Documentary series about the hopes and dreams of a group of children at three schools in rural Chinait takes as its subject one small town in rural Anhui, and focuses on their lives during the course of a single academic year. The schools are schools like many thousands of others across this vast nation, but through the individual stories of hardship, joy and success, an extraordinary portrait emerges, not just of a group of children and a town, but of a side of the Chinese nation seldom seen. Episode 1 The Year of the Golden Pig – The children and teachers of the rural town of Xiuning are about to welcome you into their lives, and reveal a place full of vitality, challenges and great humour. Chinese School discovers just what makes Chinese people tick, what they dream of and what gets a laugh. This is China as the Chinese know it and as the West has never seen it.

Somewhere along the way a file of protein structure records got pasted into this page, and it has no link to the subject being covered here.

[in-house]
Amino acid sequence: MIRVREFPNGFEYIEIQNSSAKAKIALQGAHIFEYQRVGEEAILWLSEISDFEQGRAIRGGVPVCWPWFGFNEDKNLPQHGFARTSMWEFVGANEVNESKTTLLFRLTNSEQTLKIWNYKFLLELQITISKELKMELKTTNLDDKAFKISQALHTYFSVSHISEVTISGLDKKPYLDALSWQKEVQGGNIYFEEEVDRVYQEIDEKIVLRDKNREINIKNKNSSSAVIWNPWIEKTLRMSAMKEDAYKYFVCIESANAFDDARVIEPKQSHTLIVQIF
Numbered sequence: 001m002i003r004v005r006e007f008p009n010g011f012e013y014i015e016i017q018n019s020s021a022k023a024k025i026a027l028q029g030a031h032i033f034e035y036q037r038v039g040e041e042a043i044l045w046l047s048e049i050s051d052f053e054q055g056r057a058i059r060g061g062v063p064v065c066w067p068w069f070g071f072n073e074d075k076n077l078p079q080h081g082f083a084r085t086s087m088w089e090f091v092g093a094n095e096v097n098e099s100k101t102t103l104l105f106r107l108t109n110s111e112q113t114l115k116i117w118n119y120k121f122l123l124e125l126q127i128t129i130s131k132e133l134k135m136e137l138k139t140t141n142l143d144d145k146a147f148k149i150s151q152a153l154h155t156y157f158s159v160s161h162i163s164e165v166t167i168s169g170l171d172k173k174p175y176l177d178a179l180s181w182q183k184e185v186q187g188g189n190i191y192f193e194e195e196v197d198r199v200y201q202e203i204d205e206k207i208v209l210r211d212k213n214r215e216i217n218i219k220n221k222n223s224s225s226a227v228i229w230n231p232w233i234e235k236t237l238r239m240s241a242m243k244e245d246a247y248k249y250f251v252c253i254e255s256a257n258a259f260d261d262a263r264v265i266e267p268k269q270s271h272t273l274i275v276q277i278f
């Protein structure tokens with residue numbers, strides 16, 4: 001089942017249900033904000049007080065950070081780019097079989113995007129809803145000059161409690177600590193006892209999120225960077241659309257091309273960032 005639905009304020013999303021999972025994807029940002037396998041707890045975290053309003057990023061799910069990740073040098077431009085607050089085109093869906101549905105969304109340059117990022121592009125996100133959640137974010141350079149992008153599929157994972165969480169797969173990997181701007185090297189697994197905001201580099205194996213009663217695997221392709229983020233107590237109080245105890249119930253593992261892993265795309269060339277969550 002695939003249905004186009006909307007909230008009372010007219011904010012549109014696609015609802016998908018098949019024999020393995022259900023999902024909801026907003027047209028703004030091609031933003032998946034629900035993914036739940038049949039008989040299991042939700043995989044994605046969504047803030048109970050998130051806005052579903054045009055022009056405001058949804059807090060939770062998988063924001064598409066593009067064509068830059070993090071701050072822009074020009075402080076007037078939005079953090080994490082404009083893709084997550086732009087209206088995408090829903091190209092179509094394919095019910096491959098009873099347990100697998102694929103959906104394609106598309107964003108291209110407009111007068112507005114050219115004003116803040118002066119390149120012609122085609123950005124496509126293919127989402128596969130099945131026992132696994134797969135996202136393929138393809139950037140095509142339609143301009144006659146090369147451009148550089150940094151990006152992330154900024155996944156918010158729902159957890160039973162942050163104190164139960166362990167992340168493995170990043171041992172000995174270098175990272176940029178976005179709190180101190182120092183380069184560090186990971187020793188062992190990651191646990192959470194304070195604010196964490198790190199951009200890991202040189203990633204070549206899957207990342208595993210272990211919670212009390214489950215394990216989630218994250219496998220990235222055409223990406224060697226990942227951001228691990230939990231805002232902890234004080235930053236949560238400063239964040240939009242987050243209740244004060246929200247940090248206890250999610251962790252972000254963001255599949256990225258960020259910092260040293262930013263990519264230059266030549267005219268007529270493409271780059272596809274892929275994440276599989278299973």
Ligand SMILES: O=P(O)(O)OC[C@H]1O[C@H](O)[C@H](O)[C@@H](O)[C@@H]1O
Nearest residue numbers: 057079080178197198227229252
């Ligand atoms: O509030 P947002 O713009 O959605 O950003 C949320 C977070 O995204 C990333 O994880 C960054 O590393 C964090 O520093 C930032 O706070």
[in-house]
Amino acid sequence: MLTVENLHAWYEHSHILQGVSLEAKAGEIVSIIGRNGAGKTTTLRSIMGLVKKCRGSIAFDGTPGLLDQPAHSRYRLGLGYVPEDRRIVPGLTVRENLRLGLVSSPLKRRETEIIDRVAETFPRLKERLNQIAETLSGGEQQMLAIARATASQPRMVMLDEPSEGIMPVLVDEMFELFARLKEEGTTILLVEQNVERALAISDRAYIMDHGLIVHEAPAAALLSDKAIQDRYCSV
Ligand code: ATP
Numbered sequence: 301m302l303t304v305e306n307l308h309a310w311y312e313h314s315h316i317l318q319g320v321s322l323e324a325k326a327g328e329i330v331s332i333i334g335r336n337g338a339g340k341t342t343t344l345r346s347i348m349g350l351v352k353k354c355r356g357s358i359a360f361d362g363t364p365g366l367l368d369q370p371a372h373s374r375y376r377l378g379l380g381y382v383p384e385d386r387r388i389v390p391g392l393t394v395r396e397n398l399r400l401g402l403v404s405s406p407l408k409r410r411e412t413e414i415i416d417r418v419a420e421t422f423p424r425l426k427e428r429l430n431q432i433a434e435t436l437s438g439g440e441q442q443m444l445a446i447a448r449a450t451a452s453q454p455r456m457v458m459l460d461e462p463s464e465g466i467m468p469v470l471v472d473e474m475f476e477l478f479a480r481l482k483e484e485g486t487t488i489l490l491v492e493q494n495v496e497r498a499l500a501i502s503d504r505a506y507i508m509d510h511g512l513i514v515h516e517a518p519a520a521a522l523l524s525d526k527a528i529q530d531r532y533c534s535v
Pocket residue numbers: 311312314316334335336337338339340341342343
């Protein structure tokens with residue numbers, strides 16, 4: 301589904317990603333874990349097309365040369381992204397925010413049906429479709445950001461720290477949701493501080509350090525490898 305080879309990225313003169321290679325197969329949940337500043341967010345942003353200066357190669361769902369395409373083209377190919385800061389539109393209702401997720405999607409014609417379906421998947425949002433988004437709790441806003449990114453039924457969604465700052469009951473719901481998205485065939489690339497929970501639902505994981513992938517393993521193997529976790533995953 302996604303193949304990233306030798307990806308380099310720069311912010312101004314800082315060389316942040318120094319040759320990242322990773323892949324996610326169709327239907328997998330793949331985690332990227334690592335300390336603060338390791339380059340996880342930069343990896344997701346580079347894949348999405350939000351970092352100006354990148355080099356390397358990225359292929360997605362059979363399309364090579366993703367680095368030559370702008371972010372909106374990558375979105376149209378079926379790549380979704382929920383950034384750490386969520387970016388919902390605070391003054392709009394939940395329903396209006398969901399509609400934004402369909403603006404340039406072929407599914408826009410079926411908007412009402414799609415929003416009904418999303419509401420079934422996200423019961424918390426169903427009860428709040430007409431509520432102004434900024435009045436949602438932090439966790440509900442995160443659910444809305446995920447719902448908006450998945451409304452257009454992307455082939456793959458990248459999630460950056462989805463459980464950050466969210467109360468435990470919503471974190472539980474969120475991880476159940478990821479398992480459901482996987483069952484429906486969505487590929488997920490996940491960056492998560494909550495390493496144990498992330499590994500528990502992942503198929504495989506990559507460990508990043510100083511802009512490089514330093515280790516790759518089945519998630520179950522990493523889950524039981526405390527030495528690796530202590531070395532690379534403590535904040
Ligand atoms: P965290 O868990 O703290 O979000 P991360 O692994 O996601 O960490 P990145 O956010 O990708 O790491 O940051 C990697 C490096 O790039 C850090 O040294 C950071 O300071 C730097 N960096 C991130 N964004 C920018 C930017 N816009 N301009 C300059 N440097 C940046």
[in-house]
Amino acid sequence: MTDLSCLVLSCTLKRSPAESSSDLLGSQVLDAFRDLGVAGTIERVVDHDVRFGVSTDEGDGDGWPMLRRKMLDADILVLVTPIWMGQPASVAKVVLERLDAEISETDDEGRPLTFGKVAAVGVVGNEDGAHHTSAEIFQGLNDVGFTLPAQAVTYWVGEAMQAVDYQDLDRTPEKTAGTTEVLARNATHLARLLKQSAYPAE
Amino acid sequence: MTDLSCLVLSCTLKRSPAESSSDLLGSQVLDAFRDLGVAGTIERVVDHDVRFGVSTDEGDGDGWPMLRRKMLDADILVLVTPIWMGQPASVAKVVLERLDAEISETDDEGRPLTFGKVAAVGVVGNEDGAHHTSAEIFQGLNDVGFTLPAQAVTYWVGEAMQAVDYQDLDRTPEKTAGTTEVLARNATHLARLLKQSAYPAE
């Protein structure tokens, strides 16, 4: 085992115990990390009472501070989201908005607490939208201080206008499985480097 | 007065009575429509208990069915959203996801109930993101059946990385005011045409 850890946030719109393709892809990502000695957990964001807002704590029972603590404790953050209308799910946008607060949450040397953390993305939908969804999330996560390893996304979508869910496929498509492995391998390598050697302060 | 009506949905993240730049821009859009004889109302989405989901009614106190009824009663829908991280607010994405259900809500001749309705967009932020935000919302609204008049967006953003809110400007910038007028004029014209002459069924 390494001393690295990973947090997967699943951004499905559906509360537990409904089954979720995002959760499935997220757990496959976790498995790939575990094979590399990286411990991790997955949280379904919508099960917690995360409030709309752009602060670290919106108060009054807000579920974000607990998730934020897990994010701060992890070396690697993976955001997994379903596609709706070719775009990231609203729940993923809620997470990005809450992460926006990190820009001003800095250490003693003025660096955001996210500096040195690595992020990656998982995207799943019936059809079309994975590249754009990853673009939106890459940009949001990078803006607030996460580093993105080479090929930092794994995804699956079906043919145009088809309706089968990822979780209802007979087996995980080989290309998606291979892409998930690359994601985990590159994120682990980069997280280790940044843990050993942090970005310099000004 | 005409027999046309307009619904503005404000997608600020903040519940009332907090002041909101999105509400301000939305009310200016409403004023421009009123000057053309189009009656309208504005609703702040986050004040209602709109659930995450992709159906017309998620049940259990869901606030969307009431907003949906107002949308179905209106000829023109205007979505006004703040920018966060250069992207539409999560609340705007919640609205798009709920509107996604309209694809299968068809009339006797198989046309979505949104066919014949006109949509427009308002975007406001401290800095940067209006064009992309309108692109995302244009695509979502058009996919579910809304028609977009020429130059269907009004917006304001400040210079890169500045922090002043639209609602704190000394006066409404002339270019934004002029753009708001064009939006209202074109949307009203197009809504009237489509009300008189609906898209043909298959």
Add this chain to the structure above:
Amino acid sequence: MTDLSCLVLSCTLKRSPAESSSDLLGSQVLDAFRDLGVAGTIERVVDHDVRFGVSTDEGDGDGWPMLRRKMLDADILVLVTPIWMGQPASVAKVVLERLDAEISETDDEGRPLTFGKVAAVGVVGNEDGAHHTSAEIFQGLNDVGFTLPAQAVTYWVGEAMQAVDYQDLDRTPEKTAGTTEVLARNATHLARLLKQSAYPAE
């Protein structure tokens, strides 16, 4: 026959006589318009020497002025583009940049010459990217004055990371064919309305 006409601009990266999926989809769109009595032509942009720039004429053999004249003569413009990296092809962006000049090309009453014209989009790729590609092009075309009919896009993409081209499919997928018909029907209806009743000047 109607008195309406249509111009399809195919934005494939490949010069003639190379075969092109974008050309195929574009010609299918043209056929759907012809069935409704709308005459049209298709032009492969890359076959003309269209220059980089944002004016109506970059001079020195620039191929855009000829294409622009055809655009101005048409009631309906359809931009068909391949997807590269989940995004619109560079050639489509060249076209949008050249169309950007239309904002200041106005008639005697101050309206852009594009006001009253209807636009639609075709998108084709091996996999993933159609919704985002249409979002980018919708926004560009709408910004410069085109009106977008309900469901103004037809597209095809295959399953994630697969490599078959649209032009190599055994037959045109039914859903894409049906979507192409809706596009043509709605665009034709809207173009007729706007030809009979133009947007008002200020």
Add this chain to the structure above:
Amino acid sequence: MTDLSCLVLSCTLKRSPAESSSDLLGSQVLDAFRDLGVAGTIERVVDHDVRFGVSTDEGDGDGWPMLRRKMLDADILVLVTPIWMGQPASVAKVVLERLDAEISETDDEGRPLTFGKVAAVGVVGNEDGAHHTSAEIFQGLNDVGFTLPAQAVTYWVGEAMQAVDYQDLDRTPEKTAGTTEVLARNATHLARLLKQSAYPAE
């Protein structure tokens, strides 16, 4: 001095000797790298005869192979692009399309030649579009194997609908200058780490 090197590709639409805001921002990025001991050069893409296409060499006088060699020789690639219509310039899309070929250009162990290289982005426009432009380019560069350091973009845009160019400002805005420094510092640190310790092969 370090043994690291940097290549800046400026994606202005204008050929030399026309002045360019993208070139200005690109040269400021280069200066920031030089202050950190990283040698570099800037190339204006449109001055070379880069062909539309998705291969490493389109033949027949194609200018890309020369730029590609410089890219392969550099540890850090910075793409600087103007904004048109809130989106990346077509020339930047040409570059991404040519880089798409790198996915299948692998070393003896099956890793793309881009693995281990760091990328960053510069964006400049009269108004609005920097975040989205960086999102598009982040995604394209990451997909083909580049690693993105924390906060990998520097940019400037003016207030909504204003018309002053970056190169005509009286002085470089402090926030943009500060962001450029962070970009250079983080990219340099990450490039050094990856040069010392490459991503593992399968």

They attack their victims with great strength and speedusing even chemical weapons. To avoid their enemies they can run over the water, throw him blood or poison or just become one with their environment and disappear. They attract their mate giving an extraordinary show of colors and movements and they have superhero abilities as they fly and use X-rays to see. Today’s reptiles are as deadly as dinosaurs, as beautiful as birds and as tender as mammals. Their look is so ancient that it is hard to believe that these animals are true! Episode 1 Ruling Reptiles – The extinction of the dinosaurs left a power vacuum. Enter the dragons: powerful modern reptiles which still dominate large areas of our planet. Ruling Reptiles goes in search of the modern reptiles that have inherited the dominant role.